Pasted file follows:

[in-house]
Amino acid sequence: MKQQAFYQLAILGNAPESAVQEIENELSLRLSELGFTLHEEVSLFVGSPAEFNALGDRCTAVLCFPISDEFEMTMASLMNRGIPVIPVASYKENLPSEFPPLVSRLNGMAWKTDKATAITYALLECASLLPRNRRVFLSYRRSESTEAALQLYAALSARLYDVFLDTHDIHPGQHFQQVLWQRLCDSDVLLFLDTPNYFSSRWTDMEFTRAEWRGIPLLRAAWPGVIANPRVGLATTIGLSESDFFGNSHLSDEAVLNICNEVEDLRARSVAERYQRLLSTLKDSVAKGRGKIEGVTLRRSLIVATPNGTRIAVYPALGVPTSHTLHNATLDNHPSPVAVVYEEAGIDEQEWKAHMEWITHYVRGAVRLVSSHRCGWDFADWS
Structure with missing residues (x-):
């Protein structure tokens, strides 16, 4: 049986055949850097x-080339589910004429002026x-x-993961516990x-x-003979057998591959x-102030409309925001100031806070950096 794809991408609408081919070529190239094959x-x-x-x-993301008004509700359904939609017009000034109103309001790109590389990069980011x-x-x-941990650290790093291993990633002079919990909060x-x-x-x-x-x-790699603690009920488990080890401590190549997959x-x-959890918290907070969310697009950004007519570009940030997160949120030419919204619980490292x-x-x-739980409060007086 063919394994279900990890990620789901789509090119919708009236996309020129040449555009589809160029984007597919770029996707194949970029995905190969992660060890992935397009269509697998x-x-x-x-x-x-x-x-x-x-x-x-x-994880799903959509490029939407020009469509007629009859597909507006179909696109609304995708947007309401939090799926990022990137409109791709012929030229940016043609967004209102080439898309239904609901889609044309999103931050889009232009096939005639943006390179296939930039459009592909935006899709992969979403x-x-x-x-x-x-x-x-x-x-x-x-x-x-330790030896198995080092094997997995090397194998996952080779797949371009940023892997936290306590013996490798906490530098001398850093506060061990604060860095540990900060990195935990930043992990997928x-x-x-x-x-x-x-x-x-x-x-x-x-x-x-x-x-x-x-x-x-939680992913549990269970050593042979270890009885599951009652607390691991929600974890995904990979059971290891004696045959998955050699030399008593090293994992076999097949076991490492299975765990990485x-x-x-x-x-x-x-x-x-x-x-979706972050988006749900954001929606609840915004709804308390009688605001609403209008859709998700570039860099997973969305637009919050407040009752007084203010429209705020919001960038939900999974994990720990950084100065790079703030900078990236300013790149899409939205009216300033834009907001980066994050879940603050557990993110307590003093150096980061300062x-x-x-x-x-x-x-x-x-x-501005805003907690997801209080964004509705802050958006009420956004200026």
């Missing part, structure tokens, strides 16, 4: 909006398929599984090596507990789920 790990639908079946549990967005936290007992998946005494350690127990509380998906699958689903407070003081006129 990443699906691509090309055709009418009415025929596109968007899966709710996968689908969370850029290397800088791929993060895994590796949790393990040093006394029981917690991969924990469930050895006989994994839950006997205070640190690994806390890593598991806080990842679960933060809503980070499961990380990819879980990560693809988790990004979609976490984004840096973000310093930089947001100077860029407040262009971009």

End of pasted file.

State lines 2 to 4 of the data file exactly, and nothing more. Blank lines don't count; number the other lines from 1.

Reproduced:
Amino acid sequence: MKQQAFYQLAILGNAPESAVQEIENELSLRLSELGFTLHEEVSLFVGSPAEFNALGDRCTAVLCFPISDEFEMTMASLMNRGIPVIPVASYKENLPSEFPPLVSRLNGMAWKTDKATAITYALLECASLLPRNRRVFLSYRRSESTEAALQLYAALSARLYDVFLDTHDIHPGQHFQQVLWQRLCDSDVLLFLDTPNYFSSRWTDMEFTRAEWRGIPLLRAAWPGVIANPRVGLATTIGLSESDFFGNSHLSDEAVLNICNEVEDLRARSVAERYQRLLSTLKDSVAKGRGKIEGVTLRRSLIVATPNGTRIAVYPALGVPTSHTLHNATLDNHPSPVAVVYEEAGIDEQEWKAHMEWITHYVRGAVRLVSSHRCGWDFADWS
Structure with missing residues (x-):
């Protein structure tokens, strides 16, 4: 049986055949850097x-080339589910004429002026x-x-993961516990x-x-003979057998591959x-102030409309925001100031806070950096 794809991408609408081919070529190239094959x-x-x-x-993301008004509700359904939609017009000034109103309001790109590389990069980011x-x-x-941990650290790093291993990633002079919990909060x-x-x-x-x-x-790699603690009920488990080890401590190549997959x-x-959890918290907070969310697009950004007519570009940030997160949120030419919204619980490292x-x-x-739980409060007086 063919394994279900990890990620789901789509090119919708009236996309020129040449555009589809160029984007597919770029996707194949970029995905190969992660060890992935397009269509697998x-x-x-x-x-x-x-x-x-x-x-x-x-994880799903959509490029939407020009469509007629009859597909507006179909696109609304995708947007309401939090799926990022990137409109791709012929030229940016043609967004209102080439898309239904609901889609044309999103931050889009232009096939005639943006390179296939930039459009592909935006899709992969979403x-x-x-x-x-x-x-x-x-x-x-x-x-x-330790030896198995080092094997997995090397194998996952080779797949371009940023892997936290306590013996490798906490530098001398850093506060061990604060860095540990900060990195935990930043992990997928x-x-x-x-x-x-x-x-x-x-x-x-x-x-x-x-x-x-x-x-x-939680992913549990269970050593042979270890009885599951009652607390691991929600974890995904990979059971290891004696045959998955050699030399008593090293994992076999097949076991490492299975765990990485x-x-x-x-x-x-x-x-x-x-x-979706972050988006749900954001929606609840915004709804308390009688605001609403209008859709998700570039860099997973969305637009919050407040009752007084203010429209705020919001960038939900999974994990720990950084100065790079703030900078990236300013790149899409939205009216300033834009907001980066994050879940603050557990993110307590003093150096980061300062x-x-x-x-x-x-x-x-x-x-501005805003907690997801209080964004509705802050958006009420956004200026």